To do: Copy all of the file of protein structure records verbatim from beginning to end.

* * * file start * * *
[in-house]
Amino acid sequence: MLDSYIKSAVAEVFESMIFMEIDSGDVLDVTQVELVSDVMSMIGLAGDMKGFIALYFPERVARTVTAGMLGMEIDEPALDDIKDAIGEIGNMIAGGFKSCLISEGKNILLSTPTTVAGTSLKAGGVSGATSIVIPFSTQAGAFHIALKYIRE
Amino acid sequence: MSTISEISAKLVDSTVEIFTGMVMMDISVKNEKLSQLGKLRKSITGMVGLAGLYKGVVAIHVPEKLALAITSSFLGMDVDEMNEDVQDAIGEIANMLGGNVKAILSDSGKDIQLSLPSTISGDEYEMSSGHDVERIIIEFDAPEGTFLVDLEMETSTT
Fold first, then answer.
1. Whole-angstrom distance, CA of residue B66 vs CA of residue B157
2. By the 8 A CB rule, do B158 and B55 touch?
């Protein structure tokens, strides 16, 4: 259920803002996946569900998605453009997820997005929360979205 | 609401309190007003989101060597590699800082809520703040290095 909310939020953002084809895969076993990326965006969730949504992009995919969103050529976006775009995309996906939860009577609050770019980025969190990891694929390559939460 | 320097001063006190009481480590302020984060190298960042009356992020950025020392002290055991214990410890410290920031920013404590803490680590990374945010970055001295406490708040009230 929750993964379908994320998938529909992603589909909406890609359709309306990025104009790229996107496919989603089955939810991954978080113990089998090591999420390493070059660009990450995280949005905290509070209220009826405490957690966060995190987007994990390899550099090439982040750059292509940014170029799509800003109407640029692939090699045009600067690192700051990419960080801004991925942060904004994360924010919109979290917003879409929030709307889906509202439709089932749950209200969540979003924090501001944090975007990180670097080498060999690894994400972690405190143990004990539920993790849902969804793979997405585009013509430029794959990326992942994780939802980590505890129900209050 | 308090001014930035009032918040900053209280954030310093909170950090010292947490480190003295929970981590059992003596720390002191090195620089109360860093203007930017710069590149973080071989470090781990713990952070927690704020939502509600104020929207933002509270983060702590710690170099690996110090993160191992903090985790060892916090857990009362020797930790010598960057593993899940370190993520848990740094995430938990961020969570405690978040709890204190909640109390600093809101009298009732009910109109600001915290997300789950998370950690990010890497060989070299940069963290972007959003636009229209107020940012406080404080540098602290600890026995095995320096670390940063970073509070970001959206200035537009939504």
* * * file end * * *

[in-house]
Amino acid sequence: MLDSYIKSAVAEVFESMIFMEIDSGDVLDVTQVELVSDVMSMIGLAGDMKGFIALYFPERVARTVTAGMLGMEIDEPALDDIKDAIGEIGNMIAGGFKSCLISEGKNILLSTPTTVAGTSLKAGGVSGATSIVIPFSTQAGAFHIALKYIRE
Amino acid sequence: MSTISEISAKLVDSTVEIFTGMVMMDISVKNEKLSQLGKLRKSITGMVGLAGLYKGVVAIHVPEKLALAITSSFLGMDVDEMNEDVQDAIGEIANMLGGNVKAILSDSGKDIQLSLPSTISGDEYEMSSGHDVERIIIEFDAPEGTFLVDLEMETSTT
Fold first, then answer.
1. Whole-angstrom distance, CA of residue B66 vs CA of residue B157
2. By the 8 A CB rule, do B158 and B55 touch?
């Protein structure tokens, strides 16, 4: 259920803002996946569900998605453009997820997005929360979205 | 609401309190007003989101060597590699800082809520703040290095 909310939020953002084809895969076993990326965006969730949504992009995919969103050529976006775009995309996906939860009577609050770019980025969190990891694929390559939460 | 320097001063006190009481480590302020984060190298960042009356992020950025020392002290055991214990410890410290920031920013404590803490680590990374945010970055001295406490708040009230 929750993964379908994320998938529909992603589909909406890609359709309306990025104009790229996107496919989603089955939810991954978080113990089998090591999420390493070059660009990450995280949005905290509070209220009826405490957690966060995190987007994990390899550099090439982040750059292509940014170029799509800003109407640029692939090699045009600067690192700051990419960080801004991925942060904004994360924010919109979290917003879409929030709307889906509202439709089932749950209200969540979003924090501001944090975007990180670097080498060999690894994400972690405190143990004990539920993790849902969804793979997405585009013509430029794959990326992942994780939802980590505890129900209050 | 308090001014930035009032918040900053209280954030310093909170950090010292947490480190003295929970981590059992003596720390002191090195620089109360860093203007930017710069590149973080071989470090781990713990952070927690704020939502509600104020929207933002509270983060702590710690170099690996110090993160191992903090985790060892916090857990009362020797930790010598960057593993899940370190993520848990740094995430938990961020969570405690978040709890204190909640109390600093809101009298009732009910109109600001915290997300789950998370950690990010890497060989070299940069963290972007959003636009229209107020940012406080404080540098602290600890026995095995320096670390940063970073509070970001959206200035537009939504």